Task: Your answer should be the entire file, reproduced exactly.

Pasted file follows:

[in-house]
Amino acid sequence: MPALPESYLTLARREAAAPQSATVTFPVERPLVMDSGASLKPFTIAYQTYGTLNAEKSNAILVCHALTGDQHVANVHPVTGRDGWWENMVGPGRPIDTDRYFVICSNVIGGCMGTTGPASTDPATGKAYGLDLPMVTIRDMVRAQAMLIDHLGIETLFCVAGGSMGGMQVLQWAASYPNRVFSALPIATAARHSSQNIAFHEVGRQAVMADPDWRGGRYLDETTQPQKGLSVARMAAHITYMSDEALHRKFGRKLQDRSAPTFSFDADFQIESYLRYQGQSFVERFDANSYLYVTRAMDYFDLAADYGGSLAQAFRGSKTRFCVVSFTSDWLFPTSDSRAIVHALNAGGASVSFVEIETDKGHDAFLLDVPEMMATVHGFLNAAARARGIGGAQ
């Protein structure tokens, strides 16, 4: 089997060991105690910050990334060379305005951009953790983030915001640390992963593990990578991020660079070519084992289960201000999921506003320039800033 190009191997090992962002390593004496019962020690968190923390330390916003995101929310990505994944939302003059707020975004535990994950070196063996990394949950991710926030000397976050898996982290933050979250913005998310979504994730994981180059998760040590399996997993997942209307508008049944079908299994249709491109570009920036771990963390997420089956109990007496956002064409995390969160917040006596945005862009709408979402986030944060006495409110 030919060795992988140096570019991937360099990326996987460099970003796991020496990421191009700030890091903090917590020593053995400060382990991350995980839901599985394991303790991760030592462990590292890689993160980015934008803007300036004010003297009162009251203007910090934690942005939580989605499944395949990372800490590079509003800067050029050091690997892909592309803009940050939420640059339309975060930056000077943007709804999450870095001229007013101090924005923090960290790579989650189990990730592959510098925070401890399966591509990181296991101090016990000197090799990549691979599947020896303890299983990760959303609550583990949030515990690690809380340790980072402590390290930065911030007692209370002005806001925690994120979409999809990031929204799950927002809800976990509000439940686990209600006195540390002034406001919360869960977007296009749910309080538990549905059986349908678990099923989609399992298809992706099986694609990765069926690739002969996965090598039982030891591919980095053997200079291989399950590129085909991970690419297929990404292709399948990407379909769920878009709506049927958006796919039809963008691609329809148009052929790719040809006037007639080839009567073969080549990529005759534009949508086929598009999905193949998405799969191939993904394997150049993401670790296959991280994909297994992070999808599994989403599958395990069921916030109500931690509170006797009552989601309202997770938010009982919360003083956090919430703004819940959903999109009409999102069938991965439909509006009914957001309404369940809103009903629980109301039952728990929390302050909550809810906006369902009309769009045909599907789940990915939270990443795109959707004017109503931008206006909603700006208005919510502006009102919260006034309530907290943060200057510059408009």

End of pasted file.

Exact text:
[in-house]
Amino acid sequence: MPALPESYLTLARREAAAPQSATVTFPVERPLVMDSGASLKPFTIAYQTYGTLNAEKSNAILVCHALTGDQHVANVHPVTGRDGWWENMVGPGRPIDTDRYFVICSNVIGGCMGTTGPASTDPATGKAYGLDLPMVTIRDMVRAQAMLIDHLGIETLFCVAGGSMGGMQVLQWAASYPNRVFSALPIATAARHSSQNIAFHEVGRQAVMADPDWRGGRYLDETTQPQKGLSVARMAAHITYMSDEALHRKFGRKLQDRSAPTFSFDADFQIESYLRYQGQSFVERFDANSYLYVTRAMDYFDLAADYGGSLAQAFRGSKTRFCVVSFTSDWLFPTSDSRAIVHALNAGGASVSFVEIETDKGHDAFLLDVPEMMATVHGFLNAAARARGIGGAQ
């Protein structure tokens, strides 16, 4: 089997060991105690910050990334060379305005951009953790983030915001640390992963593990990578991020660079070519084992289960201000999921506003320039800033 190009191997090992962002390593004496019962020690968190923390330390916003995101929310990505994944939302003059707020975004535990994950070196063996990394949950991710926030000397976050898996982290933050979250913005998310979504994730994981180059998760040590399996997993997942209307508008049944079908299994249709491109570009920036771990963390997420089956109990007496956002064409995390969160917040006596945005862009709408979402986030944060006495409110 030919060795992988140096570019991937360099990326996987460099970003796991020496990421191009700030890091903090917590020593053995400060382990991350995980839901599985394991303790991760030592462990590292890689993160980015934008803007300036004010003297009162009251203007910090934690942005939580989605499944395949990372800490590079509003800067050029050091690997892909592309803009940050939420640059339309975060930056000077943007709804999450870095001229007013101090924005923090960290790579989650189990990730592959510098925070401890399966591509990181296991101090016990000197090799990549691979599947020896303890299983990760959303609550583990949030515990690690809380340790980072402590390290930065911030007692209370002005806001925690994120979409999809990031929204799950927002809800976990509000439940686990209600006195540390002034406001919360869960977007296009749910309080538990549905059986349908678990099923989609399992298809992706099986694609990765069926690739002969996965090598039982030891591919980095053997200079291989399950590129085909991970690419297929990404292709399948990407379909769920878009709506049927958006796919039809963008691609329809148009052929790719040809006037007639080839009567073969080549990529005759534009949508086929598009999905193949998405799969191939993904394997150049993401670790296959991280994909297994992070999808599994989403599958395990069921916030109500931690509170006797009552989601309202997770938010009982919360003083956090919430703004819940959903999109009409999102069938991965439909509006009914957001309404369940809103009903629980109301039952728990929390302050909550809810906006369902009309769009045909599907789940990915939270990443795109959707004017109503931008206006909603700006208005919510502006009102919260006034309530907290943060200057510059408009």